Right about now defenders of NASA will start asking, "okay, wiseguy, if the tile system is so bad, how do we fix it?" I don't know how to fix it: I'm a computer programmer. I do know, however, that you don't continue to deploy a proven life-threateningly-bad design. Either you fix it, or you pull it out of production until it's been either fixed or replaced. You don't keep using it because you've added sufficient spit-and-baling-wire that it appears safer. And yes, dozens of cameras and less dangerous foam constitute spit and baling wire, no matter how much has been spent on them. Risk can never be eliminated, but bad design should simply be labeled as such and then never used again.

There are even schools of thought positing that the very idea of a heavy-lifting, reusable manned cargo transport is a bad one and we should always lift humans and equipment separately and with lots of small launches, but that's theory that I'm unable really to critique.

All of the above was to say that the fact we're rejoicing in the successful launch, observation and return of a spacecraft whose design was conceived when Gerald Ford was president is not a great victory. Quite the opposite, in fact.

Shame on us all for not demanding more from our space program.

The Next Generation
Personally, I was much more enthused by the successful launch and deployment of Bigelow Aerospace's Genesis I inflatable spacecraft this week, and of course all the activity going on around Virgin Galactic, SCALED Composites and the successor spacecraft to SpaceShipOne.

My faith (and investment money, once I score some) are with the growing and energetic private spaceflight sector, even in its infancy.


Friday, July 14, 2006

Matrimonial Status Report

Because I haven't posted one in a while, here's an update!

We haven't gotten to actual question-popping yet, but the lovely Amy and I did our first round of "bling shopping" last Friday, and the picture at right was one of the favorites of the evening: emerald-cut center stone, with princess-cut flankers and some channel-set baguettes, if memory serves. Luckily Amy is a size 7, which seems to be the size most display rings share.

It was Amy's first time being taken ring shopping by a beau, so the experience was evidently quite special for her: she spent the first part of the evening in "happy stunned" mode (probably in part because I made the shopping expedition a surprise), but when we got back to the car she was very eager to get calls made to her mom, sister, friends, and the like. Much giggling and even a little squealing: all in all, a very satisfying reaction from my standpoint. ;-)

Tomorrow begins another round of ring shopping at a few stores that were specifically recommended by friends and family. Actual purchase of the bauble will not be with Amy present, though: purchase and presentation will be accomplished within the next month or so. Stealth is my watchword, and surprise my destination.

Amy has acquired an account for us on, and has been sending me frequent status reports on how things are going there. The tentative "date" is for mid-April of next year, so the schedule winds up being fairly aggressive if we keep to it. Nothing like having a website generate a task list for you, a third of whose items are already overdue.

Exciting times!


Wednesday, July 12, 2006

The True Utility of the United Nations

The Unreality of U.N. Reform: What if "Later" Never Comes?
Head of nuclear inspection in Iran removed
China-Russia introduce new UN N.Korea resolution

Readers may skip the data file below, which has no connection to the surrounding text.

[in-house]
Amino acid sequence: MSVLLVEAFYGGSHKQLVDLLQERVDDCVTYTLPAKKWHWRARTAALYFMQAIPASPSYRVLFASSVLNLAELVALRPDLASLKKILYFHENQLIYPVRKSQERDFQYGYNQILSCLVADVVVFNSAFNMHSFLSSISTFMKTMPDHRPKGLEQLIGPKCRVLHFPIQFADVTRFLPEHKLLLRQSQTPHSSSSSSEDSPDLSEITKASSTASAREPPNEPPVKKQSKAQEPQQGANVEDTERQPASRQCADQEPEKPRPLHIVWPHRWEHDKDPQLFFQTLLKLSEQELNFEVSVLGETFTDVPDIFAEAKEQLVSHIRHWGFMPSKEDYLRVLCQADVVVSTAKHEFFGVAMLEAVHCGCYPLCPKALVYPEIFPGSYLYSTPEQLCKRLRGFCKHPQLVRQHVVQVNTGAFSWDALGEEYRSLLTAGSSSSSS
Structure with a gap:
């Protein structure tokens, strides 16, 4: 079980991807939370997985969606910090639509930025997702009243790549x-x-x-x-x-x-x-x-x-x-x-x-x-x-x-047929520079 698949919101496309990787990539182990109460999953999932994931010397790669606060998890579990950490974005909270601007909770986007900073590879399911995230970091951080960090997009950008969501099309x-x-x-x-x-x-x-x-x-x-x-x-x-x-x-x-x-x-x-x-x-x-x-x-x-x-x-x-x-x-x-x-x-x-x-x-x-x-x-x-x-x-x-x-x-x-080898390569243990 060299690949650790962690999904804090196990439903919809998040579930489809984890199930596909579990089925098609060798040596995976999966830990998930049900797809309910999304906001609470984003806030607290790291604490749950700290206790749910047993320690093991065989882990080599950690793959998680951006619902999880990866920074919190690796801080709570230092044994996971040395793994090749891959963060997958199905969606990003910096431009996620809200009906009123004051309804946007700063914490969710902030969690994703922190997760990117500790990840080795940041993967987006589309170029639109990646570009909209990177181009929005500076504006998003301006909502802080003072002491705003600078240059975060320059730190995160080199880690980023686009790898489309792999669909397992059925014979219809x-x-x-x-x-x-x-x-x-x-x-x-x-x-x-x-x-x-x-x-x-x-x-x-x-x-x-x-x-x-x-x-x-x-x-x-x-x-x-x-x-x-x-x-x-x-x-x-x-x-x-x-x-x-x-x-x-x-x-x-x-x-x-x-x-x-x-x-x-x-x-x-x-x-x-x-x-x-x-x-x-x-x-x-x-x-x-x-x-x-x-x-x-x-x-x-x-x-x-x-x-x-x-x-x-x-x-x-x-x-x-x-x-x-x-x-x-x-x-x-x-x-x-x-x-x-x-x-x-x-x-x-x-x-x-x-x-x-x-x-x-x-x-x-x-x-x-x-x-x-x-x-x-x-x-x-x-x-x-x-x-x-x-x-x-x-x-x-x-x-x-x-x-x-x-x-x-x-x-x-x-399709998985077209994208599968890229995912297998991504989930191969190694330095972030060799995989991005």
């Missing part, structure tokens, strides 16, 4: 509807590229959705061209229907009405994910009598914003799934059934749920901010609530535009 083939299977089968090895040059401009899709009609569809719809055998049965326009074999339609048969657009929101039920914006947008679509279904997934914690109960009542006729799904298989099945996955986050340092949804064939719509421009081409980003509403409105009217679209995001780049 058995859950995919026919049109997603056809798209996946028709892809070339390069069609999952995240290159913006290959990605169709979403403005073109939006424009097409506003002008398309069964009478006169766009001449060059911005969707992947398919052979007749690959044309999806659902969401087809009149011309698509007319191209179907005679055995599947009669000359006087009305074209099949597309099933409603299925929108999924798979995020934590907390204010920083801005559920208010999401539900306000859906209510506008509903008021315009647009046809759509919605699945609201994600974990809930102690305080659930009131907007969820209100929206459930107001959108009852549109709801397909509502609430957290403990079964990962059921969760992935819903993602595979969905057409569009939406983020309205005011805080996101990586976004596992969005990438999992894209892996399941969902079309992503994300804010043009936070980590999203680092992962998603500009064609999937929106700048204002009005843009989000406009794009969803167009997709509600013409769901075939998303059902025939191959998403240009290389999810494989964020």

The United Nations has not showered itself with glory over the past decade-and-a-half, and I'd argue that there's very little noteworthy the U.N. has accomplished in its history in terms of statecraft or reining in the actions of rogue states. "You'd better stop that, or we're going to really sit down and discuss the problem...again" seems to be the modus operandi; even agreeing to something as straightforward as economic sanctions in response to flagrant violation of treaties and international agreements seems to be impossible, especially in recent years.

The United States pays (or is supposed to pay; we've played fast and loose with that obligation over the years as a form of leverage) $440 million in dues to the U.N. annually: a little over a fifth of the U.N. budget. Given that the U.N. appears to be overwhelmingly corrupt, largely ineffectual and increasingly irrelevant, one has to wonder what in the world we're paying for!

For those of us who think the United States Constitution is more than a set of guidelines and suggestions, the concept of almost any overarching world government is abhorrent. The United Nations is a world government, after a fashion, but most importantly it's a largely impotent world government. By comparison with an effective world government, perhaps, say, one imposing a mishmosh of Sharia and laws from the old Soviet Union, the United Nations looks vastly preferable.

$440 million amounts to about 0.0163% (163 ten-thousandths of a percent, 'tain't much) of the $2.7 trillion federal budget for 2006. Sounds like a very wise investment, given the return of a do-nothing world government. Clean up the corruption so its "passive harm" is curtailed, but otherwise I'm very happy with the U.N.'s current blowhard status and do-nothing role.

Just don't be tempted to use it as a means of getting anything done, or as any sort of yardstick for legitimacy.


Wednesday, July 05, 2006

Major HTML Revamp--I Hope No One Notices!

The visual changes are slight, but I'm doing so much surfing from my phone these days that I decided to rework Brain Squeezings' Blogger template (i.e., its HTML page layout) to be more mobile-browser friendly.

Of course, it still looks like garbage in Pocket Internet Explorer's "Default" mode, but if you use "One Column" mode the site is very clean indeed.

Everyone please hit Brain Squeezings with every OS (Windows, Mac, Linux, Windows Mobile, PalmOS), and every browser (IE, Mozilla, Safari, Firefox, Opera, Pocket IE, Blazer) and let me know if anything broke!